There are simply too many dogs and cats today. As we know, excess weight can result in serious health consequences in our pet long term.
The reason for this problem lies primarily with the owner.
Either the pet is getting too much food and/or not getting enough exercise. Hopefully this situation is beginning to change, but I personally haven’t seen it.
In case you see signs that your pet is getting too heavy, cut back on the food you are giving your little friend. I don’t care what the instructions say on the food package. All animals are not the same. Each has a different metabolism.
Cut back on the food and find the right amount to feed your pet. You should be able to feel your pet’s ribs. The ribs should not be pronounced. You should be able to feel a thin layer of skin over the ribs. If you are not sure, check with your vet.
We all like to give treats to our pets. We want to make them happy. But so many treats are just not healthy for our pets. Many of them contain an abundance of refined sugar and chemical preservatives.
I recommend giving our pets functional treats. This type of treat doesn’t just fill up the pet. It actually provides a health benefit for the pet.
For example, I now have only one dog. Romeo gets one dental treat in the morning and one antioxidant treat in the evening. The dental treat provides those nutrients that help him have healthy teeth and gums. These are very healthy dog treats.
The antioxidant treat gives him vitamins and nutrients that improve his health. Sure, he would like to have more. But dog treats tend to be fattening. I am helping him to be healthier by limiting the number of treats that I give him.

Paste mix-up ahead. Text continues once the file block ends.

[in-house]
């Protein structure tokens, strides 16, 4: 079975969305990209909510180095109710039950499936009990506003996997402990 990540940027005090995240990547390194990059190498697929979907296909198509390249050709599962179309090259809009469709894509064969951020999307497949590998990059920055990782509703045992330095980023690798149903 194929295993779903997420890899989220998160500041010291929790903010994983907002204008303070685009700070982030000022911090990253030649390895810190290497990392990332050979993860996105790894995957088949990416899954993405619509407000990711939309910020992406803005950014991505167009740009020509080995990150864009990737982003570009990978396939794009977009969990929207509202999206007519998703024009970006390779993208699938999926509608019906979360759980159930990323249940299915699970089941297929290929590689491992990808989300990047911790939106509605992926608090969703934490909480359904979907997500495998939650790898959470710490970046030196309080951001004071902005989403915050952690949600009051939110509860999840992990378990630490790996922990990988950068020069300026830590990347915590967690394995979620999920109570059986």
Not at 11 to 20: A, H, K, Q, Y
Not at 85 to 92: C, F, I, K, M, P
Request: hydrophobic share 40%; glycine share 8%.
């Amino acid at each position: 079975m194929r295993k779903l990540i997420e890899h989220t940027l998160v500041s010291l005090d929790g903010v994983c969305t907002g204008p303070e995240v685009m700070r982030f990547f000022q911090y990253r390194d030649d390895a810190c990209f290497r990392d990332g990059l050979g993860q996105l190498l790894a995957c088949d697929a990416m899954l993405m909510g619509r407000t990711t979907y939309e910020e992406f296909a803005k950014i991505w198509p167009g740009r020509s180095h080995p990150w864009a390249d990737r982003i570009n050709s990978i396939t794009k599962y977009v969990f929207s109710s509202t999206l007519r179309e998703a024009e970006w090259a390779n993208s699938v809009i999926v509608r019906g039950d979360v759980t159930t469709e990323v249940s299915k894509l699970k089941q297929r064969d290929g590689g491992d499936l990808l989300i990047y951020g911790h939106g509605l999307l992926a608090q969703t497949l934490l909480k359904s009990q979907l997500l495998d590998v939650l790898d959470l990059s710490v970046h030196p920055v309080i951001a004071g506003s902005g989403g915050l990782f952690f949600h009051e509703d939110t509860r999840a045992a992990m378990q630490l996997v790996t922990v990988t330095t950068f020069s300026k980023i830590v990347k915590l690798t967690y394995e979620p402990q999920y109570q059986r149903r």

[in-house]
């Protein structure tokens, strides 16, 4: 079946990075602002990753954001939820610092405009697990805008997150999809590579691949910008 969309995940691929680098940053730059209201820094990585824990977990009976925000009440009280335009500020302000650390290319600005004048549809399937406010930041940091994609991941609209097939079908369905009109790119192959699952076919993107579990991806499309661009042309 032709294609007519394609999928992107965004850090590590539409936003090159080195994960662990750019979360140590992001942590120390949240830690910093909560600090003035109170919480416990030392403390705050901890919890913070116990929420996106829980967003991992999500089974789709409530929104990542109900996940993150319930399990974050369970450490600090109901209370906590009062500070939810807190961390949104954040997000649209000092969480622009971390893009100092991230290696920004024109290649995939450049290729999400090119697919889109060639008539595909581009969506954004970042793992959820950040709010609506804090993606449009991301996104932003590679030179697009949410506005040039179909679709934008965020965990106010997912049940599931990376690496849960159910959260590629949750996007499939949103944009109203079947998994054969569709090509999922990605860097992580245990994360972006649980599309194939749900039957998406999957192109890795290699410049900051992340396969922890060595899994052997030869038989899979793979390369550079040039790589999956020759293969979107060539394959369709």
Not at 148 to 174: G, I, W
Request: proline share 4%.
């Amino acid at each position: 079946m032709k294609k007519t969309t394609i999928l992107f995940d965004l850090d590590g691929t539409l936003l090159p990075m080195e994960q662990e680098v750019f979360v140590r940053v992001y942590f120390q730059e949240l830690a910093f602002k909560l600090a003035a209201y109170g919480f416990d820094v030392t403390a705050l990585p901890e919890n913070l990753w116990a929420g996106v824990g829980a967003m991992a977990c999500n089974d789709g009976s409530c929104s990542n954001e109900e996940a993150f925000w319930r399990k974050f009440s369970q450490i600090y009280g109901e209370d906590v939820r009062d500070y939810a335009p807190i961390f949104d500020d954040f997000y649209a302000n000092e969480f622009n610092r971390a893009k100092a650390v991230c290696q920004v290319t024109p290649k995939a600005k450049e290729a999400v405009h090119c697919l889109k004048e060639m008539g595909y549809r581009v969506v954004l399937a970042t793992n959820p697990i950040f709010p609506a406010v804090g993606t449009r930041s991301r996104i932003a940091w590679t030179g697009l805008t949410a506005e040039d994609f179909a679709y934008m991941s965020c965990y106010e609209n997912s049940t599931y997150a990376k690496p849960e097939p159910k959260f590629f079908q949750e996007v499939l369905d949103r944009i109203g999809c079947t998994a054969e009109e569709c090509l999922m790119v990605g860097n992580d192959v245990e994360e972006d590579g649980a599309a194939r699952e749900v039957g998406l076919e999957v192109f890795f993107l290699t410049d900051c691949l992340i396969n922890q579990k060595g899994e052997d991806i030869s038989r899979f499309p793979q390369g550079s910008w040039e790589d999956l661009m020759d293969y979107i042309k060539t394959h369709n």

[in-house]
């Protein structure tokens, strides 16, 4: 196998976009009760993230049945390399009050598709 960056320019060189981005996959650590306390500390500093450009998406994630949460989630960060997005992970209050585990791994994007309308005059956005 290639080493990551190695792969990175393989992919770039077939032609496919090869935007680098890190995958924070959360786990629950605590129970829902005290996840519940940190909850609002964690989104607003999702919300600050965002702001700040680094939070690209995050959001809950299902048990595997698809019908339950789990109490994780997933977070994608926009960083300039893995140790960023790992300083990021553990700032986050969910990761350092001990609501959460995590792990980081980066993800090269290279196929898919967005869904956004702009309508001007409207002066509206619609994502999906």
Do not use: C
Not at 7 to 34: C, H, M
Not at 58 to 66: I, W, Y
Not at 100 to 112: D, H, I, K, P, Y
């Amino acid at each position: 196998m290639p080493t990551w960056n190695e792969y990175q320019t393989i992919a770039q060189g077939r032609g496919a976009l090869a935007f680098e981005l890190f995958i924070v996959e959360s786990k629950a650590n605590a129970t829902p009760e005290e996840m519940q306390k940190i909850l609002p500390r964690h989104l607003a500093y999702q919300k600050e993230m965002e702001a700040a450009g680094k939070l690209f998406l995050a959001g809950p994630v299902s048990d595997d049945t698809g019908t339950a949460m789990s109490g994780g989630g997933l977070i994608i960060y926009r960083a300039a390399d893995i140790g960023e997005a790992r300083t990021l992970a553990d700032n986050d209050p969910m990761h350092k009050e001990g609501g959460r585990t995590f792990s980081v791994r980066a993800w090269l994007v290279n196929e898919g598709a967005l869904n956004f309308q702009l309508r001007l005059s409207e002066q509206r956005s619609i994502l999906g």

Another factor in keeping your dog trim is to make sure your pet gets adequate exercise. This can be an inconvenience to you but just remember how important it is to your pet’s health.
Romeo walks with me everyday. I’m kind of crazy because I walk 7 days a week. And Romeo is out there walking with me each time. He loves it. I know it helps his metabolism. I think he is proud of himself that he is such a good physical specimen.
I have quoted a portion of an article with a very long title. It’s called, “The number of paunchy pooches and fat cats is on the rise, leading to health issues like diabetes and arthritis.” The author is Andrea Boyarski.
Puggy Sue has a problem. She’s pleasantly plump and happily so, but the 4-year-old pug’s cheese-eating habits and lax lifestyle could lead to health problems if something isn’t done about her paunchy pooch figure. Owner Dana Saba of Rosebank is trying to figure out how to curtail her pet’s overeating habits.
Julie Freeman of Castleton Corners worries about her pal Cleo, who could stand to shed a few pounds — although the furry feline doesn’t see anything wrong with lounging around all day and eating from her brother Ulysses’ bowl.
Like their human counterparts, dogs and cats across the country are facing an obesity epidemic, with the Association for Pet Obesity Prevention, estimating that 54 percent of dogs and cats in the United States is overweight or obese. Local veterinarians interviewed agreed that an owner’s weight doesn’t necessarily correlate to their pet’s, but both could benefit from a healthier lifestyle.
The complete article can be read here.
As the article points out, owners must be retrained. It certainly can be done. Your furry friend is depending on you.
Please leave me any comments you have. There are many things we can do to keep our pets trim. This article is just the beginning.